In the 2014 Lok Sabha election, the Congress had a historic, humiliating defeat. It was the first time it didn’t win triple digits in the Lok Sabha. The 44 seat-tally couldn’t even get it the post of the Leader of Opposition in the House of the people.
Yet, Congress members and leaders consoled themselves by saying this was an aberration. The party’s chief data analyst propounded the “black swan” theory.
The party expected to win around 100-150 seats in the 2019 Lok Sabha election. This would have shown incremental progress, making the Congress’ return to power in the 2024 Lok Sabha election look like a matter of course. The line of thinking was that the Congress-led United Progressive Alliance (UPA) was in power for 10 years, the Narendra Modi-led Bharatiya Janata Party (BJP) would similarly get two terms, and the pendulum would swing back.
This theory had some backing in the Congress party’s state election victories in Punjab, Madhya Pradesh, Chhattisgarh, Rajasthan, and Puducherry. In Modi’s home state Gujarat, it gave the BJP a tough time returning to power. In Karnataka, it managed to keep the BJP out of power till at least the Lok Sabha election. The state elections suggested that the idea of a dominant, single-party Modi era could be a tad bit exaggerated.
Alas, history doesn’t owe it to anyone to be so linear. In the 2019 Lok Sabha election, the Congress stood more or less where it did in 2014, with 52 seats, still not enough for the Leader of the Opposition post. Its vote share remained rather strong and stable, increasing from 19.5 per cent in 2014 to 21 per cent in 2019. The Modi-led BJP crossed the psychological barrier of 300 seats, increasing its tally from 282 to 303, and we’re not even counting the National Democratic Alliance (NDA) allies yet.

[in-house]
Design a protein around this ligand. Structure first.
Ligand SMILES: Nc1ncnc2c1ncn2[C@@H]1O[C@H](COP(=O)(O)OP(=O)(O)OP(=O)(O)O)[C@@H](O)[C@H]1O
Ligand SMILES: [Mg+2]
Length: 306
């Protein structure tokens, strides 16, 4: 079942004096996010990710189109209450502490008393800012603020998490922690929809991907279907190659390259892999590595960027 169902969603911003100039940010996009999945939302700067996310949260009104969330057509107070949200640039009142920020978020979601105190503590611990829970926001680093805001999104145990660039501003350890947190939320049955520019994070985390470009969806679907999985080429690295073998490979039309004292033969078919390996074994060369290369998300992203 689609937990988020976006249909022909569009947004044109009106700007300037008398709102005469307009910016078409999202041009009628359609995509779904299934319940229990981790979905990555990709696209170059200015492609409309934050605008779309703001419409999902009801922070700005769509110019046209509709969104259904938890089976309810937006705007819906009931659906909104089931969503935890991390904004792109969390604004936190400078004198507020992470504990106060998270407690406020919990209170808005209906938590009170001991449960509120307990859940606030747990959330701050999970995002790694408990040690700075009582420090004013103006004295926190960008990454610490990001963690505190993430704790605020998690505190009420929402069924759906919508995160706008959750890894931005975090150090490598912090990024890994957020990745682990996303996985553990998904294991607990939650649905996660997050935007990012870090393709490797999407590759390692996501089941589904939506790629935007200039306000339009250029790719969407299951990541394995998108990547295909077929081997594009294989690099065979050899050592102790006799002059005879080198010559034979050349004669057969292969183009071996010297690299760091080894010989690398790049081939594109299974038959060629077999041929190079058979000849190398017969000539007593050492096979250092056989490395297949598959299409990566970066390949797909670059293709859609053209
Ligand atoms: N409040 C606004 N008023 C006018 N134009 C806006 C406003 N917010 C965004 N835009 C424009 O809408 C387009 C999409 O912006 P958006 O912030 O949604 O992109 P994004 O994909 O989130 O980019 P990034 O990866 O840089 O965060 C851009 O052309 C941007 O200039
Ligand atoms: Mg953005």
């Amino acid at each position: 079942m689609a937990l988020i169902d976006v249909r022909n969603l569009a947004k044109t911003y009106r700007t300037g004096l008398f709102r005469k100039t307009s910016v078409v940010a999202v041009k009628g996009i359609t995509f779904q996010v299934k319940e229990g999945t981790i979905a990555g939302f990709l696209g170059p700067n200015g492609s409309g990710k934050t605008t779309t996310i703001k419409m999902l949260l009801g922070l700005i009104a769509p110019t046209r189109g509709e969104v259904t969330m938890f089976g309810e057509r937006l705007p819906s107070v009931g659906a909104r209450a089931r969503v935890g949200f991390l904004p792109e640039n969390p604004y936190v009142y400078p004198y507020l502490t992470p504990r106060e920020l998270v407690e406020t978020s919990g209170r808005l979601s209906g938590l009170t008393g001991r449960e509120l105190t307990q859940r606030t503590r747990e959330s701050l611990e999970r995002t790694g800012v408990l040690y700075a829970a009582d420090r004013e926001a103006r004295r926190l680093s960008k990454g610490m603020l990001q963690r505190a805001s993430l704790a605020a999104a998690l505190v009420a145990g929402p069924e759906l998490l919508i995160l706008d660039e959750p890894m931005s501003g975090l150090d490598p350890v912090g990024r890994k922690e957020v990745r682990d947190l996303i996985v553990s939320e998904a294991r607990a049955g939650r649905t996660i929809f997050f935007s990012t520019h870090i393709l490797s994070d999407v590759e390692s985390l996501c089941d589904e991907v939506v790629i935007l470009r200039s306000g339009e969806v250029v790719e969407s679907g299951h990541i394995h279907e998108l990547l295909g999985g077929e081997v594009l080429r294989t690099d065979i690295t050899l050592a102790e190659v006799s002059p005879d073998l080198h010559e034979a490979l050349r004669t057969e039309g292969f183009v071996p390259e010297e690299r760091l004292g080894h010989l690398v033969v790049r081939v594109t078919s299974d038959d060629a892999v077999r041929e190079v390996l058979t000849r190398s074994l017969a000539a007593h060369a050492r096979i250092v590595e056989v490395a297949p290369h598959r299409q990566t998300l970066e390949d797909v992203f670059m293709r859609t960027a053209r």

A great new churning
The 2019 Lok Sabha election has led to a great new churning in Indian politics. This churning has only just begun, but begun it has.
This churning has absolutely nothing to do with the BJP. It is a churning within the opposition. It is a conversation that non-BJP voters are having among themselves. Is it time to look beyond the Congress? If yes, what are our options?
In state after state election, voters are asking themselves this question. The result is not just that regional parties are asserting themselves and finding greater traction among voters, but also that new parties and formations are coming up.
Since the 2019 Lok Sabha election, opposition leaders who’ve managed to distinguish themselves in electoral and political battles include Hemant Soren, Dushyant Chautala, Arvind Kejriwal, Uddhav Thackeray, Sharad Pawar, Asaduddin Owaisi, and even Tejashwi Yadav. What’s common in these names is that none of them belong to the Congress.
Kejriwal tries again
The significance of the Aam Aadmi Party (AAP) opening its account in Gujarat through municipal elections cannot be overstated. Having failed in its strategy to win one state at a time, the AAP has decided to contest as many elections as it can, going all-in. In the next 2-3 years, the AAP could well return to its old levels of noise and national attention-grabbing tendencies.
As Gujarat shows us, the AAP’s purpose is to try and replace the Congress where it is weak. If you have been a Congress voter in Gujarat, you haven’t seen your party in power since the 1980s. It is easy to make you try another party. Arvind Kejriwal is second only to Hindutva icon Yogi Adityanath in all-India popularity ratings measured by India Today’s bi-annual national survey. Using the (true or false) hype around Kejriwal’s success in Delhi, the AAP is going to make a Himalayan attempt to replace the Congress as the main national opposition force.
The AAP may not succeed very much in the short run. It may not win a single assembly election beyond Delhi. In Punjab, the Congress has swept urban municipal polls. If the AAP loses Punjab again, its national expansion plans may not see overnight success of the kind it saw in Delhi.
Owaisi pulls away Muslim votes